Just like building a house, when it comes to shaping your body, you’ll want to forge a strong foundation first. And there’s no better brick than a classic move to help fortify your muscles and your technique for any other exercises to come.
Once you master the classics, you’ll be able to mix and match them along with their variations for better workouts and a stronger you. Here’s how to do a push-up.
The Move: Push-Up
WHY IT’S GREAT
Push-ups are one of the best foundational moves for your body. For starters, you can do them virtually anywhere using only your bodyweight. And while they are known for strengthening and toning the chest, shoulders, and arms, they’ll also give your core stability a boost.
HOW TO DO IT
Get into plank position with your feet hip-distance apart, abs pulled in toward your spine, and hands directly beneath your shoulders. Your spine should be in a flat, neutral position. Slowly lower your body toward the floor, and then press back up to start. Keep your core tight throughout the movement to prevent your hips from dipping down or rising up. Perform 5 to 25 reps.
Mix It Up: 5 Push-Up Variations
As with any move, form is key if you want to reap the biggest benefits. Performing push-ups on your knees takes the difficulty down a notch and makes it easier to keep your back flat throughout the exercise.
Get into plank position, but instead of resting your toes on the floor, place your knees on the floor. Bring your body slightly forward to take the pressure off your kneecaps. (You can also perform these with your knees on a mat.) Slowly lower to the floor and press back to start. Perform 10 reps. Once you can do these perfectly, straighten your legs and get up on your toes to progress to regular push-ups.
While push-ups target your entire chest, this move hits the top part of the pectoral muscles even more. Generally speaking, it’s good to add variety to your workouts to challenge muscles in different ways, as you’ll always be using them in different ways. An added bonus to this move is that you can keep changing it up by changing the incline level: Perform it on a step at the gym, while holding a sturdy park bench, or even against a wall.
Get into plank position, and place your hands on a step with your hands beneath your shoulders. Lower your body down and press up. Perform 10 reps. If this is too challenging, try doing them on your knees.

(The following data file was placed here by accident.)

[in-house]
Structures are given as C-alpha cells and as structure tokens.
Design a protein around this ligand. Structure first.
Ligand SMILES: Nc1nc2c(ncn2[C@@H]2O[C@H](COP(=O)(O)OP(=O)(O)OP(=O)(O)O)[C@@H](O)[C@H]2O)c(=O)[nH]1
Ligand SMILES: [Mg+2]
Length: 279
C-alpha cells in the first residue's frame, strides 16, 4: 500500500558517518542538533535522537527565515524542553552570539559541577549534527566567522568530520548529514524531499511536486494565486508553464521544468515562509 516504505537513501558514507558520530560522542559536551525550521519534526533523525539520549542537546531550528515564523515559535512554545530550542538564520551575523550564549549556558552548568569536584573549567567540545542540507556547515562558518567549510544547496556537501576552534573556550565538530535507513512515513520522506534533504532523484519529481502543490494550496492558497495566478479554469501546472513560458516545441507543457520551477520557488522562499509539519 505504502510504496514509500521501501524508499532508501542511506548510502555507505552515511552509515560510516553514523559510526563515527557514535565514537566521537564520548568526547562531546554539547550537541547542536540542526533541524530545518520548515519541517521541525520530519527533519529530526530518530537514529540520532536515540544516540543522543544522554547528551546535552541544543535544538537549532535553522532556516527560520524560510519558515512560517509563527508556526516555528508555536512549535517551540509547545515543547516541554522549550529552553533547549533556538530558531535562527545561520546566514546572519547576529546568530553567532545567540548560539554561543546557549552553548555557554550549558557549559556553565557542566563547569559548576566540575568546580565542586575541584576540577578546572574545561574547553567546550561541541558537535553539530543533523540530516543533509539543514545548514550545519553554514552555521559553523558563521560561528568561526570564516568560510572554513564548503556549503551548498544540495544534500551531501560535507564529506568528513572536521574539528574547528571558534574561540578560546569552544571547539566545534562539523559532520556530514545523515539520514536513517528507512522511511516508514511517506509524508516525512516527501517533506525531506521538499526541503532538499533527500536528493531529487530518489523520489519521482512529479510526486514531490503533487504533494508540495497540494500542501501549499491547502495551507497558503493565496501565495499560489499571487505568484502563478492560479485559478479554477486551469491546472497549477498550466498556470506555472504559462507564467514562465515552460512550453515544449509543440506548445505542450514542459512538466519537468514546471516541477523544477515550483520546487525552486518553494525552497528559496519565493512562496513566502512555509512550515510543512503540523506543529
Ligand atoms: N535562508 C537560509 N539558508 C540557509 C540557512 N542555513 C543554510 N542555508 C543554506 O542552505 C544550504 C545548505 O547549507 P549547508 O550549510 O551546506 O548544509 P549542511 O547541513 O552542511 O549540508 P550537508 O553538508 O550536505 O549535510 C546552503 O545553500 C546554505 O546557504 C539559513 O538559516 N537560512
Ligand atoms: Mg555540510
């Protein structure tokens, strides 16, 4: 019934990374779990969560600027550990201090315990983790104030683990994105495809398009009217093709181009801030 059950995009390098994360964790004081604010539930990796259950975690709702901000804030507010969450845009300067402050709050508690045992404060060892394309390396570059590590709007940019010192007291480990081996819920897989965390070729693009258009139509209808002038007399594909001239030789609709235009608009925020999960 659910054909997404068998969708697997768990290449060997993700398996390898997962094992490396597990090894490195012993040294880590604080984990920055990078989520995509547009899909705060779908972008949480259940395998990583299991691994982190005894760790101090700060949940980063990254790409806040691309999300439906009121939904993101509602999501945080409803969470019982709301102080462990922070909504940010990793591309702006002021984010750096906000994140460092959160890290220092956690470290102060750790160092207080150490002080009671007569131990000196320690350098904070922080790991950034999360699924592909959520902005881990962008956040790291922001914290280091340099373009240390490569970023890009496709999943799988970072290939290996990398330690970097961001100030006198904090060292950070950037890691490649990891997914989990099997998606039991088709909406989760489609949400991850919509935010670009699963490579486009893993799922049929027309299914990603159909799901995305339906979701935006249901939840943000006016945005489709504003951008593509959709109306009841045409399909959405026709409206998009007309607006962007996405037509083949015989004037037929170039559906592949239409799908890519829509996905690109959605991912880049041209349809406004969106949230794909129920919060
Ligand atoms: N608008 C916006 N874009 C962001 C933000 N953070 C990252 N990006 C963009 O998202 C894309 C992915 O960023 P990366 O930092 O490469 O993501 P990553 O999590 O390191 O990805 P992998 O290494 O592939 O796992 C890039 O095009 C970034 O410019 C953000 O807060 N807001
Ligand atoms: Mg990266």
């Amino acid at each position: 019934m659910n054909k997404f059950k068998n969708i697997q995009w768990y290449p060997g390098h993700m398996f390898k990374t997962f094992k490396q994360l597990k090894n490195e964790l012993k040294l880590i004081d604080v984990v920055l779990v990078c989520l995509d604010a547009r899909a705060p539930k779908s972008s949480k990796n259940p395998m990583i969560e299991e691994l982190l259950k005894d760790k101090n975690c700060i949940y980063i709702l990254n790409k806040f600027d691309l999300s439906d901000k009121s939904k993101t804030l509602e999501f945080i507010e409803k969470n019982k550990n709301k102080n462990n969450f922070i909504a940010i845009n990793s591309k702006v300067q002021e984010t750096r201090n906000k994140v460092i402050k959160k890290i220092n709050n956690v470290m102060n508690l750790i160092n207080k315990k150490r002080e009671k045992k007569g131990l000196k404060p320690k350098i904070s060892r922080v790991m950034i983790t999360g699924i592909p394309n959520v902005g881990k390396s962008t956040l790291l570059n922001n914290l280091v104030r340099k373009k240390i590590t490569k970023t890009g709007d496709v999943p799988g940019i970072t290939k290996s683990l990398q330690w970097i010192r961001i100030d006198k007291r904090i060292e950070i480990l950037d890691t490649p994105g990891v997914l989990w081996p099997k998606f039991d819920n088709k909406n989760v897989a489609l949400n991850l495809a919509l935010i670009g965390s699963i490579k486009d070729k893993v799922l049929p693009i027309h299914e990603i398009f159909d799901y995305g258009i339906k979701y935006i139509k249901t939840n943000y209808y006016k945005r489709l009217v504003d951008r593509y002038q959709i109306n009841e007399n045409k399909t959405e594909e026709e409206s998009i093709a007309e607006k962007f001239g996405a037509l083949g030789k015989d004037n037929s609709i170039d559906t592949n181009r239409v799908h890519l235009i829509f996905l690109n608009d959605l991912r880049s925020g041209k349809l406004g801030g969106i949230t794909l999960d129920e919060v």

Like the name implies, this move challenges your body in the opposite direction and targets the lower portion of your pectoral muscles. Decline push-ups are versatile like their cousins, as you can do them outside with your feet up on a step.
Get into plank position with your toes on a step and hands beneath your shoulders. Pull your abs in toward your spine, and lower your body toward the floor. Press up to start. Perform 8 to 10 reps. Note: Decline push-ups are slightly more advanced and challenging, so save them for when you’re more comfortable.
This variation targets your triceps and adds a little spice to your push-up routine.
Get into plank position, and walk your hands toward your chest to form a triangle with your fingers. You may want to start on your knees, as these are more difficult than a typical push-up. Lower your body in a controlled manner to the floor and press back up to start. Perform 6 to 10 reps.
While not technically a push-up, this move works similar muscles with an added focus on core stability. It’s also just plain fun.
Get into plank position to the right of a gym step with your shoulders next to the narrow edge of the step. Keeping your body still, place your left hand on the step. Lower your body toward the floor and then press yourself back up and place your right hand next to your left hand on the step. Remove your left hand and place it on the floor to the left of the step. Lower your body toward the floor and then press yourself back up. Repeat by “walking” back to start. That’s one rep. Perform 10 to 12 complete reps.
This information is for educational purposes only and is not intended as a substitute for medical diagnosis or treatment. You should not use this information to diagnose or treat a health problem or condition. Always check with your doctor before changing your diet, altering your sleep habits, taking supplements, or starting a new fitness routine.